PSA: Do NOT post pictures of your lottery tickets to social media!
Ok, I know, this doesn’t really have much to do with travel, but it’s an important message that actually goes along with a YouTube video I put out years ago, about why you should never post pictures of your boarding pass to social media (it’s a bit outdated now but the point remains the same).
Ok now that the shilling for the YouTube channel is done, let’s get back to the point of this post…
NEVER post pictures of your lottery ticket to social media
The mega millions drawing tonight has a jackpot of $1.6 billion, so plenty of people who normally wouldn’t play are playing this time (what if?) and I’ve seen an absurd amount of people posting pictures of their tickets online. This is bad for two reasons:
- Many people are posting the barcode at the bottom of the ticket. NEVER EVER EVER EVER DO THIS. The same goes for sports and concert tickets. In about 4 seconds someone could grab that barcode, paste it in photoshop on a “ticket” they create, and steal your ticket right out from under you. Same goes for concert tickets, I’ve had more than one friend go to a concert with tickets they had bought (and posted to social media) only to find that the tickets were already used for entry
- You do not want anyone to be able to look at your Facebook post and see that you’ve won. This has to do with what you should actually do if you win the lottery…namely: NOTHING. Let me explain further.
What you should actually do if you win the lottery
You’ve probably seen tons of articles out there talking about all of the lottery winners who went bankrupt: people came out of the woodwork asking for money, family members asked for money for that bar they always wanted to open, friends expected you to always pay for everything, etc. So here’s how to combat that:
- Wait and do not tell ANYONE you’ve won. There will be an announcement that a winning ticket was sold in your state and they’ll immediately know where the winning ticket was sold. Lottery winners have between 180 days and an entire year to claim their winnings, you do not have to claim them immediately. If some time goes by without someone claiming the ticket it would not be beyond someone trying to get a hold of the security tapes of the store who sold the ticket to see what the buyer looked like. This is why you shouldn’t buy lottery tickets from the gas station or supermarket that you go to all the time. You don’t want anyone saying “oh that’s Andy, he lives nearby and runs the best travel blog ever”.
- Make a copy of your winning ticket and store the actual ticket in a safe-deposit box away from your hometown.
- Before thinking about claiming your prize, delete Facebook, delete your Twitter account, delete Instagram, EVERYTHING. As soon as your name is out there, especially in the current political climate, people will search through your history as deeply as they can to find any sort of incriminating social media posts
- There are certain states where you can claim your prize anonymously but the majority force you to claim the prize and take a picture (for marketing purposes). When it comes time to claim your ticket, alter your appearance with a wig, glasses, facial hair, and heck even a prosthetic nose. You do not want your face to be recognizable (“hey you’re that lottery guy! Can I tell you about this awesome bar idea I have? It’s RUN ENTIRELY ON BITCOIN”). Claim your prize on a Friday afternoon after excitement about the jackpot has died down (a few months later)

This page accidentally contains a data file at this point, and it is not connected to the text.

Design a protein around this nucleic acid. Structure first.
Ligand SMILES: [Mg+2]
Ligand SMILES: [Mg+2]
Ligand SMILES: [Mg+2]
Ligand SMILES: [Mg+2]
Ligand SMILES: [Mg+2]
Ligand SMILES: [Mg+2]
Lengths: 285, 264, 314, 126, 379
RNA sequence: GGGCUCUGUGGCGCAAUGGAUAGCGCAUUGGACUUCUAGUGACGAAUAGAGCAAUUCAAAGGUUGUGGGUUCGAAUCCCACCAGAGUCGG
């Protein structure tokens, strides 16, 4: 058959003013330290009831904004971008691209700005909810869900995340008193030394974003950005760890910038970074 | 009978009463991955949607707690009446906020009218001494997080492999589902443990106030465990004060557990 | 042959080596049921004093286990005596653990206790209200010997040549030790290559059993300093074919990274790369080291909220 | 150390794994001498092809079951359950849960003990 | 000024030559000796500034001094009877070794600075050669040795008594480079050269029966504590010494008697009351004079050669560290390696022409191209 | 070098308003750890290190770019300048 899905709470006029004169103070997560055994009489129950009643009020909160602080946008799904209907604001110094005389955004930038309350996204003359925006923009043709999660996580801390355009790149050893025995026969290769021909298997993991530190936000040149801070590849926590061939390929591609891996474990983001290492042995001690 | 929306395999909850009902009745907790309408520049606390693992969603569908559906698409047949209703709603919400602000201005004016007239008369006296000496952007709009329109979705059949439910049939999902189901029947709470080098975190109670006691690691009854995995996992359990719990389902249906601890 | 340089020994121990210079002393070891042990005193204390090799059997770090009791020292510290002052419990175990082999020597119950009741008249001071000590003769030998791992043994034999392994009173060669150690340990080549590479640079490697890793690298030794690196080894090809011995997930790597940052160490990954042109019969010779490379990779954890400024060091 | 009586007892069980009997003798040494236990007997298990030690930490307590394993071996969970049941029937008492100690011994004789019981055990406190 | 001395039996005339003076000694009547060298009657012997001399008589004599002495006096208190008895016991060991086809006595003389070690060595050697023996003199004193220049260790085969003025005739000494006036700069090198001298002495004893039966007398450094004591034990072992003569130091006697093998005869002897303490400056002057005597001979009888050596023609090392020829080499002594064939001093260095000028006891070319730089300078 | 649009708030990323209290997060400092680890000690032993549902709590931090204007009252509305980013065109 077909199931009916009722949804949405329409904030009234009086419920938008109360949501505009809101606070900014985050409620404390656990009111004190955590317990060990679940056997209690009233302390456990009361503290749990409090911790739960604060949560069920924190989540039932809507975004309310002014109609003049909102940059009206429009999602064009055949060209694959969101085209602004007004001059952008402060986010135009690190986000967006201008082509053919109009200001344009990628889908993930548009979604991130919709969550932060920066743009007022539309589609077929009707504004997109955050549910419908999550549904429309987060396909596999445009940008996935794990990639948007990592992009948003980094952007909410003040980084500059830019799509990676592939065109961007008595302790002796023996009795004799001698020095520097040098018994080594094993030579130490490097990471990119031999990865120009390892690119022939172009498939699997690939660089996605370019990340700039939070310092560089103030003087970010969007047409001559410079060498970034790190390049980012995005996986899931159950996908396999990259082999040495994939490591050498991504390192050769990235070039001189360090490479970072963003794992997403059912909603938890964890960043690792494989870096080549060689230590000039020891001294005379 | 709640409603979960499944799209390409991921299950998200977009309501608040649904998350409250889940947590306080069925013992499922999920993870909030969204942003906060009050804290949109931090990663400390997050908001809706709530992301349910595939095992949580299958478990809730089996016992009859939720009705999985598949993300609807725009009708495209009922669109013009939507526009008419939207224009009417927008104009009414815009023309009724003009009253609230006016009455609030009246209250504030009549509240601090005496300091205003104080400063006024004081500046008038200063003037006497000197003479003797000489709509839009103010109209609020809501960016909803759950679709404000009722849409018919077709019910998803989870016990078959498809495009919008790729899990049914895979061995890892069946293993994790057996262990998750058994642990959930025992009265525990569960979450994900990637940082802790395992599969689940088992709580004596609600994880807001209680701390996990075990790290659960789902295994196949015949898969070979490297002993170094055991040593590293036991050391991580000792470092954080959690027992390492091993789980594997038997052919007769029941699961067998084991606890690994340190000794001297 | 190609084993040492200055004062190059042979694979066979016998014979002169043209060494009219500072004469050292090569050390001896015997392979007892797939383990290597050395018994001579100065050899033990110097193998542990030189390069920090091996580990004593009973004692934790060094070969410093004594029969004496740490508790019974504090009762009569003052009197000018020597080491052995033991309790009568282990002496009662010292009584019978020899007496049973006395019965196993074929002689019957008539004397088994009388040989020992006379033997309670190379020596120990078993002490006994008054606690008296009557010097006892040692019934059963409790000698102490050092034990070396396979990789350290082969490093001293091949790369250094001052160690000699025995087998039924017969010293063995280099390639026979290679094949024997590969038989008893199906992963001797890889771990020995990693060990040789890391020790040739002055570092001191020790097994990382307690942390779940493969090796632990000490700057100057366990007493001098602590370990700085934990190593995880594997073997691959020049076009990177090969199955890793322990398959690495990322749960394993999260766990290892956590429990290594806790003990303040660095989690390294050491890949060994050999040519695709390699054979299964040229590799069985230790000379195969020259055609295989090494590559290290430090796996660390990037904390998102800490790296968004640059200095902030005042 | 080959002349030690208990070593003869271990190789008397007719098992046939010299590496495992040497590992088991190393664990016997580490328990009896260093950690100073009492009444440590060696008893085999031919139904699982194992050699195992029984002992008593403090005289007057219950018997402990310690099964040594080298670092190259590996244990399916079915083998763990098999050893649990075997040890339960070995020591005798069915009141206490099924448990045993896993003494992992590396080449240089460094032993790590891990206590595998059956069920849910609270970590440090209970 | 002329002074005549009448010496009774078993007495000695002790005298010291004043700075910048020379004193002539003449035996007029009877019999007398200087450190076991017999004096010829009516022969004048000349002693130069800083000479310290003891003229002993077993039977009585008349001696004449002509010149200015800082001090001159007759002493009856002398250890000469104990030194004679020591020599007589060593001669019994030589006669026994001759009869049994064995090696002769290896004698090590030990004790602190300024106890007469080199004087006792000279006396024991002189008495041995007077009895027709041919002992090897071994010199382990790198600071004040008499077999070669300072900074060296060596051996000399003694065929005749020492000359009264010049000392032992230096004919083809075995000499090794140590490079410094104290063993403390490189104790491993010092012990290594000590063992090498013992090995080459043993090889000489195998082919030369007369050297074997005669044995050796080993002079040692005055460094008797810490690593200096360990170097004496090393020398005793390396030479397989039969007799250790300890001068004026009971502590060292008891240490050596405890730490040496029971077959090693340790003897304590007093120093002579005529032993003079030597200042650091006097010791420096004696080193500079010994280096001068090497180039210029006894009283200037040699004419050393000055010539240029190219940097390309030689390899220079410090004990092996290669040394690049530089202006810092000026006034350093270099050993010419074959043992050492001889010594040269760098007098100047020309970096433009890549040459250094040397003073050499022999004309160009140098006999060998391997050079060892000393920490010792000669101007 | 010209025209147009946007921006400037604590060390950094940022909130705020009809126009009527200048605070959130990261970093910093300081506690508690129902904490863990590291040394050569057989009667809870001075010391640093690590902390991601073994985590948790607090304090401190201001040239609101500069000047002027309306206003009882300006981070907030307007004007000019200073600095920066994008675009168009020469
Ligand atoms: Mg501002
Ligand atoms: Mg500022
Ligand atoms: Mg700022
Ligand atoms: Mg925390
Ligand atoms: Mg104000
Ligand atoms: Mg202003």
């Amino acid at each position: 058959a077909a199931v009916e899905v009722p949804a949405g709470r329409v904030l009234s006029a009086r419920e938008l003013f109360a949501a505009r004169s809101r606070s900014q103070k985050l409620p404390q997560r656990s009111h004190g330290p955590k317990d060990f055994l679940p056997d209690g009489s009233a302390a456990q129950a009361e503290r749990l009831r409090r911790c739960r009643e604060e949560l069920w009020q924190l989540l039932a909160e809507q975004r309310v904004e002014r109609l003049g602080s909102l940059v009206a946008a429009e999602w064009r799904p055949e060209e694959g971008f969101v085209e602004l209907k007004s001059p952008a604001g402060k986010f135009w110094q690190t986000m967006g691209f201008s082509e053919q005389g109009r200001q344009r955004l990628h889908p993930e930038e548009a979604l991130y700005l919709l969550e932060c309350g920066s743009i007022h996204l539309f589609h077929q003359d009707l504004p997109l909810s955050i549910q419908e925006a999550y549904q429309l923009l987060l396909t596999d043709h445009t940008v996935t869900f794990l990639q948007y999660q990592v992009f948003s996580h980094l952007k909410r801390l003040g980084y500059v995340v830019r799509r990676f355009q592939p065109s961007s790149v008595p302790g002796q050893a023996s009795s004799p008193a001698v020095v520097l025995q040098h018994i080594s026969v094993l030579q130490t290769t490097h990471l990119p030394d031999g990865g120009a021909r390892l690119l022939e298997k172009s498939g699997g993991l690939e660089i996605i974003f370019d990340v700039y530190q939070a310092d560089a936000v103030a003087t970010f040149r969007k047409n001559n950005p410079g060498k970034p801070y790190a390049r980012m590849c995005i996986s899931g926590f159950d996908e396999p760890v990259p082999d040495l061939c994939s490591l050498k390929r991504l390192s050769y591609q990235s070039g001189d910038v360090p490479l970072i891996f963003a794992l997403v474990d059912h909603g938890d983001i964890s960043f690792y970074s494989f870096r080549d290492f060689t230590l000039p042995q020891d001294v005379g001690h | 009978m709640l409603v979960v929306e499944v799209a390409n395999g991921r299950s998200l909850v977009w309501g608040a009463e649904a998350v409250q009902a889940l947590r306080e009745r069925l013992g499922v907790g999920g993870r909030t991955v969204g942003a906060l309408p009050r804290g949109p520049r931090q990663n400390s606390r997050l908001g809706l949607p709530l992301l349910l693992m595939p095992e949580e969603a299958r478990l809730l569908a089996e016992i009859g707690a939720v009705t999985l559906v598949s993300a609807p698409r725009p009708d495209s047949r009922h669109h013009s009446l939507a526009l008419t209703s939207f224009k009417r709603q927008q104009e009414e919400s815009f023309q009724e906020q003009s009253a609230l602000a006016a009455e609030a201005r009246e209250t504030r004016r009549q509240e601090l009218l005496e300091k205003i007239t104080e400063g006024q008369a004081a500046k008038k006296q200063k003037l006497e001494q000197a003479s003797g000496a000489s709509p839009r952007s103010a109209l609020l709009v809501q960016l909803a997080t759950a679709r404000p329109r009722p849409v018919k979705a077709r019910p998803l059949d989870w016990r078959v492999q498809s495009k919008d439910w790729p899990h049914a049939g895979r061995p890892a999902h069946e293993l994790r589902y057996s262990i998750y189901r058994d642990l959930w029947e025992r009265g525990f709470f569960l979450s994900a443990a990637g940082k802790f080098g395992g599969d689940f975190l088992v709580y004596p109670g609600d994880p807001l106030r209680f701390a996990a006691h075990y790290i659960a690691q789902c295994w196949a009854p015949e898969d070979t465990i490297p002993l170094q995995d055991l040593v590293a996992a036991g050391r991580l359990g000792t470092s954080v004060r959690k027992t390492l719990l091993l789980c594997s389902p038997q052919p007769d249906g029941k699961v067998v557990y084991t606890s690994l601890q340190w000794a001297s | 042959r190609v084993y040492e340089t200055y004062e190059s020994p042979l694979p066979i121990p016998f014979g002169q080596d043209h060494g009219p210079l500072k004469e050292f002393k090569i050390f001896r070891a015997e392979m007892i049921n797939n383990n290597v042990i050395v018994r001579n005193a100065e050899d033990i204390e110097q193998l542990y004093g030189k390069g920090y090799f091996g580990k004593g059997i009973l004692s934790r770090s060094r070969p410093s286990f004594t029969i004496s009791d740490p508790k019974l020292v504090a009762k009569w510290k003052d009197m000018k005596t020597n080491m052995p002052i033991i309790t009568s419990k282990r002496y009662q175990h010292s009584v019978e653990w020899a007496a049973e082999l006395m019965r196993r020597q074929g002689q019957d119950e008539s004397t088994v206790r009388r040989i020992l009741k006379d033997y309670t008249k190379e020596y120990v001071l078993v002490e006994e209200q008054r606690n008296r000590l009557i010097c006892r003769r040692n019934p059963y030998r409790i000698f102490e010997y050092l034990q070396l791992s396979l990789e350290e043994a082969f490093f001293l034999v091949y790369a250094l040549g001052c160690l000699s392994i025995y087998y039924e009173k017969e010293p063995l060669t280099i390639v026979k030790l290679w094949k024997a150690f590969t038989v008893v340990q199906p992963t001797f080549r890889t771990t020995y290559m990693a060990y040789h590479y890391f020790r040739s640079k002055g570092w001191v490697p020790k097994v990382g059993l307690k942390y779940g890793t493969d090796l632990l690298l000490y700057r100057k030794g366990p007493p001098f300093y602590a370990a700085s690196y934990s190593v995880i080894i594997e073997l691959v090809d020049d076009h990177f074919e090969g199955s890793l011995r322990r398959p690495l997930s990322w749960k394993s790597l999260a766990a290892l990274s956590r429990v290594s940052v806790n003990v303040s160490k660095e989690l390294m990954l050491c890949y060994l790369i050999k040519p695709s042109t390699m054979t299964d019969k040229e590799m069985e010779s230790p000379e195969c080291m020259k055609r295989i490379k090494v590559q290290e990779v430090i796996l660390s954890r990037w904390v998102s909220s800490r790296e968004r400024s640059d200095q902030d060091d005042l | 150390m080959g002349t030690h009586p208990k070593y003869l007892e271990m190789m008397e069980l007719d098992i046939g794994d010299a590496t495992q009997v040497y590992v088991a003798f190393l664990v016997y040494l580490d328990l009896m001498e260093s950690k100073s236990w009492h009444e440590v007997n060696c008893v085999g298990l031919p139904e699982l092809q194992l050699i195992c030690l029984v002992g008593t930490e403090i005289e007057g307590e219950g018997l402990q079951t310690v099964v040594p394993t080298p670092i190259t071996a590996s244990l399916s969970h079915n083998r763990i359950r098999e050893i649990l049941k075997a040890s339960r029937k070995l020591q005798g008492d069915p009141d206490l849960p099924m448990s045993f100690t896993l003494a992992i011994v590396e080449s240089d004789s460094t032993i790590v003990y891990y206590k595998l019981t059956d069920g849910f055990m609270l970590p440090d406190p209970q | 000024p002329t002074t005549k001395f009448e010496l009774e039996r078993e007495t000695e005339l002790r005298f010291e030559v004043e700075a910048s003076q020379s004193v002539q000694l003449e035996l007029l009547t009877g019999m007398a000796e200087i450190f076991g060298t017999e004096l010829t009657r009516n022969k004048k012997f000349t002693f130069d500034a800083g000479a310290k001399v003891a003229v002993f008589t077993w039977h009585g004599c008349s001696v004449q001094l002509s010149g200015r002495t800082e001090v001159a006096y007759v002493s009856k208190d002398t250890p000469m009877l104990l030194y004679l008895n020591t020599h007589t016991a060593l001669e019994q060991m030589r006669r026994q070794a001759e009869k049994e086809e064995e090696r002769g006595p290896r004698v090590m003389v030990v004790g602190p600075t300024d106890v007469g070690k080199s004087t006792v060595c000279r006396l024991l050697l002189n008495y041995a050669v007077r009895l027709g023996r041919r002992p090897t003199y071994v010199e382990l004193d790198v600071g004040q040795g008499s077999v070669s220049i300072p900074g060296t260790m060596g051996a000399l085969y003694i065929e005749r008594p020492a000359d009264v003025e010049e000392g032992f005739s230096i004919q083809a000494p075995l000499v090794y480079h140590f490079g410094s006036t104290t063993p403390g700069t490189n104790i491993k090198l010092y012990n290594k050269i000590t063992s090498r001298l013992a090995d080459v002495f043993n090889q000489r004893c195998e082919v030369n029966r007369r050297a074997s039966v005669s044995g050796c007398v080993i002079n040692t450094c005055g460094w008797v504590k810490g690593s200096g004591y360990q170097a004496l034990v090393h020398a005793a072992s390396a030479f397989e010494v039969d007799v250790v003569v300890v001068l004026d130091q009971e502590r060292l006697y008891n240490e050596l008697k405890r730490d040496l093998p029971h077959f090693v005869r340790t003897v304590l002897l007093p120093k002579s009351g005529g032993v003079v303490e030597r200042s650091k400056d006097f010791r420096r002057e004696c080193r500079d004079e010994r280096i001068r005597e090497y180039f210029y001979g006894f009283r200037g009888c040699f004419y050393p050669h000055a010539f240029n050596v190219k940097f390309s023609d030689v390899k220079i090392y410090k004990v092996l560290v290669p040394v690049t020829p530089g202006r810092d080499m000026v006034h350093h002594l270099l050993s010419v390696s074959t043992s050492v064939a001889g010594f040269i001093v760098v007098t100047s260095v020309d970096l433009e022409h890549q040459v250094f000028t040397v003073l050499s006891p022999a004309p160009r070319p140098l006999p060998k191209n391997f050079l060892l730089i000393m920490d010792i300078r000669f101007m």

- I’m not a financial advisor nor an attorney. Get a lawyer who has experience dealing with lottery winnings, an investment officer who has the same experience, and an accountant to keep track of everything. Pay them well, and make sure none of them are related to you. Uncle Bill, the DWI attorney, is not qualified to deal with something like this
- Decide how much you want to give to friends and family and let that be the end of it. Make it be your idea, not anyone else’s
I’m not going to get into whether you should or should not play the lottery. Play it if you want but only with an amount of money you’re comfortable losing. Just be smart about how much of your life you share on social media! If everyone in the world knows you just got a $700 million payday people will do whatever they can to get in on the action, I’m sure of it.
And thus endeth the PSA. Back to the travel content you know and love soon!PSA: Do NOT post pictures of your lottery tickets to social media! Ok, I know, this doesn’t really have much to do with travel, but it’s an important message that actually goes along with a
Promontory Ranch (Crested Butte)
Marble Basecamp (Aspen)
Lavern M. Johnson Park (Lyons)
Johnson Habitat Park (Denver)
The Colorado Lottery has funded more than 10,000 projects all across the state. These projects have shaped how we as Coloradans play, recreate, learn, and conserve wildlife and habitat. All of this comes from the sale of a Scratch or Jackpot ticket. Since 1983, the Lottery has returned more than $3.4 billion to our beneficiaries, who in turn have shaped Colorado’s recreation, wildlife, open space, education and habitat. You can find examples of Lottery-funded projects below:
Play On, Colorado!
Mountain View Adventure Park in Cripple Creek.Media Center / Proceeds Location Photos ]]>